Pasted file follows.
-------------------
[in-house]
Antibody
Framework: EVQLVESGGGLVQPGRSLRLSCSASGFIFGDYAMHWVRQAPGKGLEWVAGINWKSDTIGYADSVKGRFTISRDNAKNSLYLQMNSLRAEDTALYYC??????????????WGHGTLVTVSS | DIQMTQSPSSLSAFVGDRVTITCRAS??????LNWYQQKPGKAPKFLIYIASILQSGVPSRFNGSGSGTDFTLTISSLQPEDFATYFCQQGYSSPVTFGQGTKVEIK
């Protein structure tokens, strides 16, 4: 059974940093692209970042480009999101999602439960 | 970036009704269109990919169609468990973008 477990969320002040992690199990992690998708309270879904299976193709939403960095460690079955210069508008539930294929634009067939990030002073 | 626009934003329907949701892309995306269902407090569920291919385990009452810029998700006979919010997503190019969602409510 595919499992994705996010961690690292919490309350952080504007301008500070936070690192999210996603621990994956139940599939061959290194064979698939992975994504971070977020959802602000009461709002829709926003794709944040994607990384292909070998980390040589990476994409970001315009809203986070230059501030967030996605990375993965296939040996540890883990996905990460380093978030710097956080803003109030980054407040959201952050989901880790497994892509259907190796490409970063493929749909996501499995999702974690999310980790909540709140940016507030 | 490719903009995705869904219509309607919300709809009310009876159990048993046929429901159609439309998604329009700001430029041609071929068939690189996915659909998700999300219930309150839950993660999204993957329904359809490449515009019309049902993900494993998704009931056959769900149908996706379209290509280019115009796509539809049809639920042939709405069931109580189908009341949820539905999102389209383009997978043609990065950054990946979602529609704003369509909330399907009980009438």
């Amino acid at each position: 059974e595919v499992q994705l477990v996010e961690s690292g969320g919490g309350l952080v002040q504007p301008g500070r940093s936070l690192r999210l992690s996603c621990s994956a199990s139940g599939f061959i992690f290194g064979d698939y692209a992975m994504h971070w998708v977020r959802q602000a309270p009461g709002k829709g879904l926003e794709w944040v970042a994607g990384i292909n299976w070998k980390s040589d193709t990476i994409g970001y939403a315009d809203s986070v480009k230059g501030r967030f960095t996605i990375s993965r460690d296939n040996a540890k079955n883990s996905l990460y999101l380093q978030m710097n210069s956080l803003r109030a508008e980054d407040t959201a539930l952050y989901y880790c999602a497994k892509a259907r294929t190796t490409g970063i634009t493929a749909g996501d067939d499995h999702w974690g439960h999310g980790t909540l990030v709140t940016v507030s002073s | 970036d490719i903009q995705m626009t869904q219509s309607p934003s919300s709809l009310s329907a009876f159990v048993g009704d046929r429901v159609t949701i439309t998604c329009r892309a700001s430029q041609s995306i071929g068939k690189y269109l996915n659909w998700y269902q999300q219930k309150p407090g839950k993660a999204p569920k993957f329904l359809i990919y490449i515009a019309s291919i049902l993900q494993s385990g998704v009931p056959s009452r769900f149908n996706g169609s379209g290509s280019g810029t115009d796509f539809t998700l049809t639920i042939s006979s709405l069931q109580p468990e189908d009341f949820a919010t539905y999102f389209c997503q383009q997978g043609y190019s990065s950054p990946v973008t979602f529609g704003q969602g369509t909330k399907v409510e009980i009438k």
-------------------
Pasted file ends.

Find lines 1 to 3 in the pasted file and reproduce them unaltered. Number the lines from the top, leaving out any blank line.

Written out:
[in-house]
Antibody
Framework: EVQLVESGGGLVQPGRSLRLSCSASGFIFGDYAMHWVRQAPGKGLEWVAGINWKSDTIGYADSVKGRFTISRDNAKNSLYLQMNSLRAEDTALYYC??????????????WGHGTLVTVSS | DIQMTQSPSSLSAFVGDRVTITCRAS??????LNWYQQKPGKAPKFLIYIASILQSGVPSRFNGSGSGTDFTLTISSLQPEDFATYFCQQGYSSPVTFGQGTKVEIK